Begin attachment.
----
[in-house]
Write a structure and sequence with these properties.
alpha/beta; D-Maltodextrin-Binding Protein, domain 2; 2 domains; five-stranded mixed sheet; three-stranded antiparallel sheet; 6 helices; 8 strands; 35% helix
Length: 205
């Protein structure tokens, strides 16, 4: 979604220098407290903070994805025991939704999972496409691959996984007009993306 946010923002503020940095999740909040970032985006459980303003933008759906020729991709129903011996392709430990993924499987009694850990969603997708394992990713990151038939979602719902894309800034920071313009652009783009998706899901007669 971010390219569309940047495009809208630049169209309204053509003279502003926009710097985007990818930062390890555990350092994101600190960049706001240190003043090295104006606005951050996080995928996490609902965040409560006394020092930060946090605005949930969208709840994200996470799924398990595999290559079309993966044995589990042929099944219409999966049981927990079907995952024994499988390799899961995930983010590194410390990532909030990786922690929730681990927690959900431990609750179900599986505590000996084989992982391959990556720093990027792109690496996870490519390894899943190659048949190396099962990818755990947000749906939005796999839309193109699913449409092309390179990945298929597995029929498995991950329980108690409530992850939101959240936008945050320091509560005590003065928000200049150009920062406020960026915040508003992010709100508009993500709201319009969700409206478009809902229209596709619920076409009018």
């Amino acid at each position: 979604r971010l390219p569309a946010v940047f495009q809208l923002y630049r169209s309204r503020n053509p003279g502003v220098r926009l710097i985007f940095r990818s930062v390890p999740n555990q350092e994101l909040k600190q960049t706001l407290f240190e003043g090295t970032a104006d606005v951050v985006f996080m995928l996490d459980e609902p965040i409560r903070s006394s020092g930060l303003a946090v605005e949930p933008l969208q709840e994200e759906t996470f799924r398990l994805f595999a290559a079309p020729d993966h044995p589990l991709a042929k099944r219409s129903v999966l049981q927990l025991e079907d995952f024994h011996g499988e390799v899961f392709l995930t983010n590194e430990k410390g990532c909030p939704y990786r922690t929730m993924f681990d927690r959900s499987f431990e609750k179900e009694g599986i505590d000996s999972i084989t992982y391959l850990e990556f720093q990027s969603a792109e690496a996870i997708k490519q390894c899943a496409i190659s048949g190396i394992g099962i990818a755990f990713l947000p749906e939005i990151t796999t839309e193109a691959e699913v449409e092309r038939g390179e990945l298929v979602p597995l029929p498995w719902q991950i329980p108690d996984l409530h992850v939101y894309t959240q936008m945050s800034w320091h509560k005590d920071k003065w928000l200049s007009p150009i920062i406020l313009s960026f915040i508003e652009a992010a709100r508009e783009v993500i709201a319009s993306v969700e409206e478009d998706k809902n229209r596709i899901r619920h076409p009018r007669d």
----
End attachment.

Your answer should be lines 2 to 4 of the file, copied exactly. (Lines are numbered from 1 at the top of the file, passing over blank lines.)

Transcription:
Write a structure and sequence with these properties.
alpha/beta; D-Maltodextrin-Binding Protein, domain 2; 2 domains; five-stranded mixed sheet; three-stranded antiparallel sheet; 6 helices; 8 strands; 35% helix
Length: 205